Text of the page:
At a loss for words, I hung up the phone trying to make sense of our conversation. It took me a while to adjust to the idea of another deployment. Okay…a good long while. I can’t say that I ever got comfy cozy with the idea, but I did reach a place of acceptance.
Since then, I’ve learned to brace myself for the surprises of military life. And he’s learned there are just certain things best left unsaid to a spouse immediately after deployment (like that you’re leaving again on another deployment).
Want more posts on military life?
- How Strong Military Spouses Rock Deployment
- The One Thing You Miss Most During Deployment
- What a 2-Year-Old Will Teach You About Surviving Deployment
- 15 Must-Do Things to Prepare for Deployment
Wow you ladies are such an inspiration for me! I’m a divorced women but have found the absolute love of my life, who happens to be a service man. As a couple we are going through our first deployment together and he always told me that I would understand more so when we are put in this situation. Btw this is his 5th deployment as a solder, my first even being a part of this lifestyle. So with that being said I see that deploying and leaving your loved ones behind for months or years NEVER gets easy!!! The time is still missed out whether it be birthdays, Christmas or just day to day interactions with your spouse, boyfriend or close family member. And with the that being said, first off the fact that people can just openly say, “ well this is what you signed up for”, just makes me irate bc I’m sure it’s same people who have never experienced anything like this nor probably never will. Secondly quite acting like this is just a long dinstance relationship when it’s not bc our loved ones are away fighting for not only their loved ones freedom and safety but all the other arrogant jerks here too! Ugh and thank you ladies for the stories too!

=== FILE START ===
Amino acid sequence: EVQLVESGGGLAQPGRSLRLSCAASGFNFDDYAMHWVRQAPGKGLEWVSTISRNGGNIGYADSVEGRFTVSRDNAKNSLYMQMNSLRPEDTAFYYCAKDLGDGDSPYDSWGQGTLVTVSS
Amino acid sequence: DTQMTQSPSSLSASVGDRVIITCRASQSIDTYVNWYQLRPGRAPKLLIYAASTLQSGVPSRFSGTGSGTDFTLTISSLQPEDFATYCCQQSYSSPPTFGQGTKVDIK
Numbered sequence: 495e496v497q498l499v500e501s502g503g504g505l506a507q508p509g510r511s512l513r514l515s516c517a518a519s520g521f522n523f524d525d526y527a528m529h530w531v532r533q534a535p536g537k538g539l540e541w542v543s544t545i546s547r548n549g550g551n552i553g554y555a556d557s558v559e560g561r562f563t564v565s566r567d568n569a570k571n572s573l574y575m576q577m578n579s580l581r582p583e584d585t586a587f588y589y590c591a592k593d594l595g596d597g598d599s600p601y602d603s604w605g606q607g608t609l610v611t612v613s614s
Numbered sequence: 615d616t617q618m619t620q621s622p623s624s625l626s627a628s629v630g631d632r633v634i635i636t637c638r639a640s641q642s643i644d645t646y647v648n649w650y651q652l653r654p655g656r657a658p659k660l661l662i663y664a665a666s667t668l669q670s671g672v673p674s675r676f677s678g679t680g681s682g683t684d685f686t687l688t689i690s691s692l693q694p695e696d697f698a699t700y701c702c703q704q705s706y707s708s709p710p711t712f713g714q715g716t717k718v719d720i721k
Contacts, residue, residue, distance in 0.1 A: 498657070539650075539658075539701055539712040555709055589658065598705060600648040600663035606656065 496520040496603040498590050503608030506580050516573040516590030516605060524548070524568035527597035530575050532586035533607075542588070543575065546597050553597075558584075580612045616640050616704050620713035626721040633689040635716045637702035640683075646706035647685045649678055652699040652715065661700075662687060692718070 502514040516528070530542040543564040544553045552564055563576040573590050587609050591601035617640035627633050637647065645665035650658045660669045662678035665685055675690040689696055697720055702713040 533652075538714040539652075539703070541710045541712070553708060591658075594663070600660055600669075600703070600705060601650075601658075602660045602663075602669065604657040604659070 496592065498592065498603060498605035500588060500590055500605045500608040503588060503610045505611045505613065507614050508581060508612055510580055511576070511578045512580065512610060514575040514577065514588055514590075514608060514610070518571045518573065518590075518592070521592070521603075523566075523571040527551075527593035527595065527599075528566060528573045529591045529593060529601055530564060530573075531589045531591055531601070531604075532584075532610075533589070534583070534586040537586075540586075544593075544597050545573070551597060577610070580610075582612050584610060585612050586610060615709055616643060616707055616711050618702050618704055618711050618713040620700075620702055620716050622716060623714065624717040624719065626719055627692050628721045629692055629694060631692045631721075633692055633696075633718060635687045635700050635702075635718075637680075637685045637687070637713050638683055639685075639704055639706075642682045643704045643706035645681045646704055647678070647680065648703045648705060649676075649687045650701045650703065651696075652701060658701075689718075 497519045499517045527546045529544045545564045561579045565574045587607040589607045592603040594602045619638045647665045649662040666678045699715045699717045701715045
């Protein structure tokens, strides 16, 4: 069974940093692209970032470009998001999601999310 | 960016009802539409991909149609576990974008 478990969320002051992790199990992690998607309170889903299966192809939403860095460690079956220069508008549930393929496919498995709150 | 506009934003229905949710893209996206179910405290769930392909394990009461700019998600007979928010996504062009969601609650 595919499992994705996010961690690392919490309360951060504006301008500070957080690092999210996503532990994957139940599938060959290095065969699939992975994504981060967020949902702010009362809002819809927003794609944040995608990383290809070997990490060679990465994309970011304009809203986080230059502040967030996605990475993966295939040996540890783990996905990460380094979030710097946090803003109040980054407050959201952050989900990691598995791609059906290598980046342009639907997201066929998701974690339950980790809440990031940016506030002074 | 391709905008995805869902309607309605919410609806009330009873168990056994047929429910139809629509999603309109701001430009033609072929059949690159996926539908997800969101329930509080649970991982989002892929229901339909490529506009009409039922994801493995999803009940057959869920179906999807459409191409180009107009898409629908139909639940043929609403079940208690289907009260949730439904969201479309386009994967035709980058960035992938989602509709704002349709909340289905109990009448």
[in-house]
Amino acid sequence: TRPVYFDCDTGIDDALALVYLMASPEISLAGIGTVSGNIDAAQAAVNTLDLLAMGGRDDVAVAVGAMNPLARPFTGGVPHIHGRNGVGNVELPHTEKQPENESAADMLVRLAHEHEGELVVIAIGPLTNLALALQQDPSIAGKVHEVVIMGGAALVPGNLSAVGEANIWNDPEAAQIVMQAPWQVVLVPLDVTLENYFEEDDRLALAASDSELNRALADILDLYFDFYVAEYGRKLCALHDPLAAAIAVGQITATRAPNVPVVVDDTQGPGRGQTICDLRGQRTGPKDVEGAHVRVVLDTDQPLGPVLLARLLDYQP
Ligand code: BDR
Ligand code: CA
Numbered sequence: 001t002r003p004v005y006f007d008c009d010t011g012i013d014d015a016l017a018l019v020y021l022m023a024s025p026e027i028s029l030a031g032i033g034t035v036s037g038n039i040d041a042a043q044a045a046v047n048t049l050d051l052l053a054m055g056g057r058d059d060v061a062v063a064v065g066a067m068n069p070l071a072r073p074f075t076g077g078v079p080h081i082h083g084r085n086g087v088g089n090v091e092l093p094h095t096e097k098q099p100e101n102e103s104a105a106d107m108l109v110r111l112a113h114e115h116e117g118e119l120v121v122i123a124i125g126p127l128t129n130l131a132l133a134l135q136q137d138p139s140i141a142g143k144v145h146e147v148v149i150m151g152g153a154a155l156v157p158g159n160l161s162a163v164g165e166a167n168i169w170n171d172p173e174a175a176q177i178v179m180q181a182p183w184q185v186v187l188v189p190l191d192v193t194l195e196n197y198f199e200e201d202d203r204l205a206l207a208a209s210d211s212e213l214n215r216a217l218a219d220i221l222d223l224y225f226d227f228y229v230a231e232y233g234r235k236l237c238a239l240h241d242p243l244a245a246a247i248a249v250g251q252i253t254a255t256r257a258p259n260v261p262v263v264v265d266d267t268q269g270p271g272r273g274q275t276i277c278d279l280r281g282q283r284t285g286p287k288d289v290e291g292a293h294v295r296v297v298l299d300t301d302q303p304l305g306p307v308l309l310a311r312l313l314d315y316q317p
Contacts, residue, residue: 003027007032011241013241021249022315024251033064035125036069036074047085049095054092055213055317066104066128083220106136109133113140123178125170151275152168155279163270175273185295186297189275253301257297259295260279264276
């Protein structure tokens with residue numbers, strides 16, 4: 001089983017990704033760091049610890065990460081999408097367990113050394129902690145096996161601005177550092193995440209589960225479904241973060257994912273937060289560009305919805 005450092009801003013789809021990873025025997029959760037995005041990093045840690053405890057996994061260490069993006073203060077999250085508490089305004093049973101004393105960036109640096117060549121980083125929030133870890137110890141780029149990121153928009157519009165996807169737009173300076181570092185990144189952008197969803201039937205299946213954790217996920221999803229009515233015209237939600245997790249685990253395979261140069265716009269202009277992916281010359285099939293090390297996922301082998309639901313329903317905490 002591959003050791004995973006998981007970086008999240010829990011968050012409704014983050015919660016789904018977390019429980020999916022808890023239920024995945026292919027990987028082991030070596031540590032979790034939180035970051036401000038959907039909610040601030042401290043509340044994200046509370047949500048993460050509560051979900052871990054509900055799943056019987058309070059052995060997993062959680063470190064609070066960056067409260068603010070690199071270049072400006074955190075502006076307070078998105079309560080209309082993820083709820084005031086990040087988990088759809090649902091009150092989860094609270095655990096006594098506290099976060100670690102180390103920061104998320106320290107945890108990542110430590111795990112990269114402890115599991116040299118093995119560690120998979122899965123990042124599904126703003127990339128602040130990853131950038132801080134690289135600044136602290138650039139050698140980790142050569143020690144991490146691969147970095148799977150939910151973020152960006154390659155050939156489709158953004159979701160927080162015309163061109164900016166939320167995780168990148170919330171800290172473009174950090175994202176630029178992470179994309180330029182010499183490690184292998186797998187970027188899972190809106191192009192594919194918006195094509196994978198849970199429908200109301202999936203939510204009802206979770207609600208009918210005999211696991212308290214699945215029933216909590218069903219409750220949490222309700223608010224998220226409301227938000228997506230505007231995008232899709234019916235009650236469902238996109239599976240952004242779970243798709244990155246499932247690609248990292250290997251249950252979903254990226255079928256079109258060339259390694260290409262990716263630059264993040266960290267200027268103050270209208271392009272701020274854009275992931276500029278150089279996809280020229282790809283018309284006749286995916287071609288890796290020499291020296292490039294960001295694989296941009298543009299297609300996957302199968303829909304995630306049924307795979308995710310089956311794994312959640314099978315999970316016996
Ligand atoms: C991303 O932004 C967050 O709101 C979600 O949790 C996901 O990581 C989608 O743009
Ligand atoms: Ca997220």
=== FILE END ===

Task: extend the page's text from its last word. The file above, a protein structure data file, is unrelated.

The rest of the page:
Hi, im a military wife and my husband is currently away. My children (aged 7 and 5) just had tummy bug. I am really upset with him although I support him but sometimes I feel like signing up for this kind of life is too selfish of him. I am really really down. I have no family or friends nearby. My family is 2 hour drive away and they dont care much. Its just too depressing sometimes. Im happy to find your blog. Its good to know that Im not alone